# LeetCode #29 - Divide Two Integers

Hello fellow devs 👋! It’s a new day, and we have a new LeetCode problem in front of us.

## Problem Statement

Given two integers dividend and divisor, divide two integers without using multiplication, division, and mod operator.

Return the quotient after dividing dividend by divisor.

The integer division should truncate toward zero, which means losing its fractional part. For example, truncate(8.345) = 8 and truncate(-2.7335) = -2.

### Note:

Assume we are dealing with an environment that could only store integers within the 32-bit signed integer range: [−231, 231 − 1]. For this problem, assume that your function returns 231 − 1 when the division result overflows.

### Constraints

• -231dividend, divisor ≤ 231 - 1
• divisor != 0

### Examples

Example 1:

Input: dividend = 10, divisor = 3
Output: 3
Explanation: 10/3 = truncate(3.33333..) = 3.

Example 2:

Input: dividend = 7, divisor = -3
Output: -2
Explanation: 7/-3 = truncate(-2.33333..) = -2.

Example 3:

Input: dividend = 0, divisor = 1
Output: 0

Example 4:

Input: dividend = 1, divisor = 1
Output: 1

## Analysis

If we read the description of the problem, it looks like that this is a simple division problem. However, if we read further, we find a constraint that we cannot use multiplication (x), division (/) and modulo (%) operations. This makes this problem a little tricky.

Also, one more constraint is that the result cannot be greater than 32-bit signed integer (from -231 to 231 - 1). If the result is outside this range, then we will return the minimum or maximum value of this range.

## Approach

The biggest dilemma in front of us is that we cannot use multiplication (x), division (/) and modulo (%) operations. Then how the heck are we going to do this 🤔?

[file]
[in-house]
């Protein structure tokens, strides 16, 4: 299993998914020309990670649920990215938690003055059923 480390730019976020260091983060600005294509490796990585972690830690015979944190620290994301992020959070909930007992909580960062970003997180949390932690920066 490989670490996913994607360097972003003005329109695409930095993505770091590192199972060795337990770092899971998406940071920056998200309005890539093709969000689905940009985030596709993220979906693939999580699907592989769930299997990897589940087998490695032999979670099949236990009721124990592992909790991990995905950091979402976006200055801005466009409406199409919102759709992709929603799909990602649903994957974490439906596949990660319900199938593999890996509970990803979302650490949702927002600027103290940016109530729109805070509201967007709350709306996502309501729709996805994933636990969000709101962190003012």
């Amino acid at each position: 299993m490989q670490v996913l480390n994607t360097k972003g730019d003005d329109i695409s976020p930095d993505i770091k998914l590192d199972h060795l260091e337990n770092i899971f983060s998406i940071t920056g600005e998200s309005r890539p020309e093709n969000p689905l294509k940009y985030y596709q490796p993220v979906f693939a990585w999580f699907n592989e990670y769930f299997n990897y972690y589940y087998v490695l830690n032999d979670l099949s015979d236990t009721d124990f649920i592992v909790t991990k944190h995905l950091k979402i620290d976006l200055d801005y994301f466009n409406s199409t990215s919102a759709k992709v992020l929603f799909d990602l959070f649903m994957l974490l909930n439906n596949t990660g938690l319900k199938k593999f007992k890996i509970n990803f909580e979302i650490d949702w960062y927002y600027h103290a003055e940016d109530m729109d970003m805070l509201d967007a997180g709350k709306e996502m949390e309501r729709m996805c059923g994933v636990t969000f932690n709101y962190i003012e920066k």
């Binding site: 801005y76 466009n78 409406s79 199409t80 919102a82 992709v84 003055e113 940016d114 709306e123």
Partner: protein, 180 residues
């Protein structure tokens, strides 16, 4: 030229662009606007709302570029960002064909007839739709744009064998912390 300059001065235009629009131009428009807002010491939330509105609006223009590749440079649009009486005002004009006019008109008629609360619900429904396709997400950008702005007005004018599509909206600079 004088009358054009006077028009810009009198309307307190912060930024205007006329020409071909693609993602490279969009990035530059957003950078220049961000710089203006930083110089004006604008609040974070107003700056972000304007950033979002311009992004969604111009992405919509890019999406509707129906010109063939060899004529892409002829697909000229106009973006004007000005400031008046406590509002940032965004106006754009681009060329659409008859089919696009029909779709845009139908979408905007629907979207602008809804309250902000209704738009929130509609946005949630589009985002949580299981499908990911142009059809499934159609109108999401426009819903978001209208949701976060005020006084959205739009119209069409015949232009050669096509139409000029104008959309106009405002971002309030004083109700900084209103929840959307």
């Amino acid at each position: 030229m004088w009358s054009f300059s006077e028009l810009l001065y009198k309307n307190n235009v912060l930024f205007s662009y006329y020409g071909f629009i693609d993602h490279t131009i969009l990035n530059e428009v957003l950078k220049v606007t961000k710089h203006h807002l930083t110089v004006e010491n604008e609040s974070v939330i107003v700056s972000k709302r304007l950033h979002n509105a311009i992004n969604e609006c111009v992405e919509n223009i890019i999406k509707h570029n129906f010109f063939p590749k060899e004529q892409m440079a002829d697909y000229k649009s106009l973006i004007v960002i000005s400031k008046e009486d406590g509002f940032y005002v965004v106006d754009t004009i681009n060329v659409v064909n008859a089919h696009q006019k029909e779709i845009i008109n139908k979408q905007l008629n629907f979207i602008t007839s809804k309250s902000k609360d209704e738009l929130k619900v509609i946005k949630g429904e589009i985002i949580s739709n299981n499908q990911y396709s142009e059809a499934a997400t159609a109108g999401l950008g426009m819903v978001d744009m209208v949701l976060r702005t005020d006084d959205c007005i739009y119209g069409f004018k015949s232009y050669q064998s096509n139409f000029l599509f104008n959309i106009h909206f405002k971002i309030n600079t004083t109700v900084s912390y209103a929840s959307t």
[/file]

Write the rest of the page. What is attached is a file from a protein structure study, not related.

The first approach that comes to mind is that we start from quotient = 0 and loop until the dividend is greater than divisor and in each iteration, we subtract divisor from dividend. This seems to work fine and it also passes all the test cases but it is slow. Why? Let’s take an example — say, we have dividend = 2147483647 and divisor = 1. In that case, the loop will run 2147483647 iterations which is obviously very slow.

How can we improve this 🤔? What if instead of decreasing the dividend linearly, we decrease it exponentially? This will definitely improve the performance drastically.

We can follow the below steps —

1. A variable quotient will keep the track of answer.
2. A while loop will check the condition dividend >= divisor
3. Inside this while loop, we will have one variable shift which will left shift the divisor by one bit and check if the result is less than the dividend. This will repeat until the condition is false.
4. Once, we are out of inner loop, then we will add the number of times we shifted to the quotient.
5. Also, we will now subtract the result of shifting to divisor from the dividend for the next iteration. Remember that since in the while loop the value of shifting had gone beyond the dividend, the value we need to subtract is one bit less shifted.
6. We will repeat the process unless we reach to the point where divisor is greater than dividend.

You must be wondering that why are we shifting the bits? The answer is, one left shift bit means the number is doubled. And since we cannot use multiplication, we are using left shifting.

### Time Complexity

Since the divisor is increasing exponentially, the time complexity will be O(log n).

### Space Complexity

No internal data structure has been used in the intermediate computations, the space complexity will be O(1).

## Code

### Java

public class DivideTwoIntegers {

public int divide(int dividend, int divisor) {
// Check for overflow
if (divisor == 0 || (dividend == Integer.MIN_VALUE && divisor == -1)) {
return Integer.MAX_VALUE;
}
// Sign of result
int sign = (dividend > 0 && divisor < 0) || (dividend < 0 && divisor > 0) ? -1 : 1;
// Quotient
int quotient = 0;
// Take the absolute value